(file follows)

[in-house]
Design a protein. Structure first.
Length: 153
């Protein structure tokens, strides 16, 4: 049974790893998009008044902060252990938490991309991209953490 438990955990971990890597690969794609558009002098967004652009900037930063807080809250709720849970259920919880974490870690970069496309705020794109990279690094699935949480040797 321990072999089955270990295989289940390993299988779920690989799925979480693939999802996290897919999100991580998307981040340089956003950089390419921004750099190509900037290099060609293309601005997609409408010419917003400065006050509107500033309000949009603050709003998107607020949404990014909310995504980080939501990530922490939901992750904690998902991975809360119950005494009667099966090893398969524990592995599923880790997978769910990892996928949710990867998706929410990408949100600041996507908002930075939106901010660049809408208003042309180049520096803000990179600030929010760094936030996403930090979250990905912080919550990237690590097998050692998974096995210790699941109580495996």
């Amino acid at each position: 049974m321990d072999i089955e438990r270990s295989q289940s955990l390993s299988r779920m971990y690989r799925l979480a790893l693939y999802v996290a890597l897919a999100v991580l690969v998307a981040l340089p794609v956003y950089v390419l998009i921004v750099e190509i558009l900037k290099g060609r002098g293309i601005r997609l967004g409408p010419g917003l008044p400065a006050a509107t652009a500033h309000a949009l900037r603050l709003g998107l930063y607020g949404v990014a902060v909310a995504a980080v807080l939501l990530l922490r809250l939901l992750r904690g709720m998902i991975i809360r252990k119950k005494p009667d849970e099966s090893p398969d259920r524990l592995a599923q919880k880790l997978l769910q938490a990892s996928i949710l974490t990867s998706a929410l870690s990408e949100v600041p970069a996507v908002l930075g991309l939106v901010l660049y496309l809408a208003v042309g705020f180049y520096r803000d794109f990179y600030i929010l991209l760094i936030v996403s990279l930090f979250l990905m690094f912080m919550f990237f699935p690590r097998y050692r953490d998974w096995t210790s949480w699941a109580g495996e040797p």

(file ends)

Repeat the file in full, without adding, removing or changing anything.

[in-house]
Design a protein. Structure first.
Length: 153
């Protein structure tokens, strides 16, 4: 049974790893998009008044902060252990938490991309991209953490 438990955990971990890597690969794609558009002098967004652009900037930063807080809250709720849970259920919880974490870690970069496309705020794109990279690094699935949480040797 321990072999089955270990295989289940390993299988779920690989799925979480693939999802996290897919999100991580998307981040340089956003950089390419921004750099190509900037290099060609293309601005997609409408010419917003400065006050509107500033309000949009603050709003998107607020949404990014909310995504980080939501990530922490939901992750904690998902991975809360119950005494009667099966090893398969524990592995599923880790997978769910990892996928949710990867998706929410990408949100600041996507908002930075939106901010660049809408208003042309180049520096803000990179600030929010760094936030996403930090979250990905912080919550990237690590097998050692998974096995210790699941109580495996």
């Amino acid at each position: 049974m321990d072999i089955e438990r270990s295989q289940s955990l390993s299988r779920m971990y690989r799925l979480a790893l693939y999802v996290a890597l897919a999100v991580l690969v998307a981040l340089p794609v956003y950089v390419l998009i921004v750099e190509i558009l900037k290099g060609r002098g293309i601005r997609l967004g409408p010419g917003l008044p400065a006050a509107t652009a500033h309000a949009l900037r603050l709003g998107l930063y607020g949404v990014a902060v909310a995504a980080v807080l939501l990530l922490r809250l939901l992750r904690g709720m998902i991975i809360r252990k119950k005494p009667d849970e099966s090893p398969d259920r524990l592995a599923q919880k880790l997978l769910q938490a990892s996928i949710l974490t990867s998706a929410l870690s990408e949100v600041p970069a996507v908002l930075g991309l939106v901010l660049y496309l809408a208003v042309g705020f180049y520096r803000d794109f990179y600030i929010l991209l760094i936030v996403s990279l930090f979250l990905m690094f912080m919550f990237f699935p690590r097998y050692r953490d998974w096995t210790s949480w699941a109580g495996e040797p």